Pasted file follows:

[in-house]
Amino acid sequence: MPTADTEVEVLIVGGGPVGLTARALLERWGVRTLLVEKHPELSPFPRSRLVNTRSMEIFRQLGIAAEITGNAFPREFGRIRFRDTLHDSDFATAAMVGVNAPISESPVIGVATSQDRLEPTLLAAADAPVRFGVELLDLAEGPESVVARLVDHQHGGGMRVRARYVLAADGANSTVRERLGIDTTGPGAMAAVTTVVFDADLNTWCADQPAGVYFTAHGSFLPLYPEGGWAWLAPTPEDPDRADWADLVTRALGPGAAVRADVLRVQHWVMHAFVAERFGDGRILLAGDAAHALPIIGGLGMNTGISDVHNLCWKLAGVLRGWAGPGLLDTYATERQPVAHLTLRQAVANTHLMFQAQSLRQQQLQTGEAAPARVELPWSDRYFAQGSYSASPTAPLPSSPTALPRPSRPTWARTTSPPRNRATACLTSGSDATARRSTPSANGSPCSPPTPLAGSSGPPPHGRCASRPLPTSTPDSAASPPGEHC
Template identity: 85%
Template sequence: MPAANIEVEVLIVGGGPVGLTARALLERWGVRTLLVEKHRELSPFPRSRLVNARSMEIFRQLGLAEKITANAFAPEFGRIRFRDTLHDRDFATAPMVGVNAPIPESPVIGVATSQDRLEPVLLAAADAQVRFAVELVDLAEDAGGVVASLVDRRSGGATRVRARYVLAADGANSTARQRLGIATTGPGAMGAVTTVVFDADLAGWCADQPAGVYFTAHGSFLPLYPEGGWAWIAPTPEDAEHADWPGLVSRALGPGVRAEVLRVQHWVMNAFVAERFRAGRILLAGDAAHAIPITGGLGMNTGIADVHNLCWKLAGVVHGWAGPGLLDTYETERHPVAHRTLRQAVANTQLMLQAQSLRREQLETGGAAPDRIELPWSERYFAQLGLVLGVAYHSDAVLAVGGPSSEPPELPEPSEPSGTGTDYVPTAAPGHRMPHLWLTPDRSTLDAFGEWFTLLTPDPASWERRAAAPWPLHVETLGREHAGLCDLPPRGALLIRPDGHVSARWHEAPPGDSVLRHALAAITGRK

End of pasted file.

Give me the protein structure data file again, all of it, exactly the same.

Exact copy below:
[in-house]
Amino acid sequence: MPTADTEVEVLIVGGGPVGLTARALLERWGVRTLLVEKHPELSPFPRSRLVNTRSMEIFRQLGIAAEITGNAFPREFGRIRFRDTLHDSDFATAAMVGVNAPISESPVIGVATSQDRLEPTLLAAADAPVRFGVELLDLAEGPESVVARLVDHQHGGGMRVRARYVLAADGANSTVRERLGIDTTGPGAMAAVTTVVFDADLNTWCADQPAGVYFTAHGSFLPLYPEGGWAWLAPTPEDPDRADWADLVTRALGPGAAVRADVLRVQHWVMHAFVAERFGDGRILLAGDAAHALPIIGGLGMNTGISDVHNLCWKLAGVLRGWAGPGLLDTYATERQPVAHLTLRQAVANTHLMFQAQSLRQQQLQTGEAAPARVELPWSDRYFAQGSYSASPTAPLPSSPTALPRPSRPTWARTTSPPRNRATACLTSGSDATARRSTPSANGSPCSPPTPLAGSSGPPPHGRCASRPLPTSTPDSAASPPGEHC
Template identity: 85%
Template sequence: MPAANIEVEVLIVGGGPVGLTARALLERWGVRTLLVEKHRELSPFPRSRLVNARSMEIFRQLGLAEKITANAFAPEFGRIRFRDTLHDRDFATAPMVGVNAPIPESPVIGVATSQDRLEPVLLAAADAQVRFAVELVDLAEDAGGVVASLVDRRSGGATRVRARYVLAADGANSTARQRLGIATTGPGAMGAVTTVVFDADLAGWCADQPAGVYFTAHGSFLPLYPEGGWAWIAPTPEDAEHADWPGLVSRALGPGVRAEVLRVQHWVMNAFVAERFRAGRILLAGDAAHAIPITGGLGMNTGIADVHNLCWKLAGVVHGWAGPGLLDTYETERHPVAHRTLRQAVANTQLMLQAQSLRREQLETGGAAPDRIELPWSERYFAQLGLVLGVAYHSDAVLAVGGPSSEPPELPEPSEPSGTGTDYVPTAAPGHRMPHLWLTPDRSTLDAFGEWFTLLTPDPASWERRAAAPWPLHVETLGREHAGLCDLPPRGALLIRPDGHVSARWHEAPPGDSVLRHALAAITGRK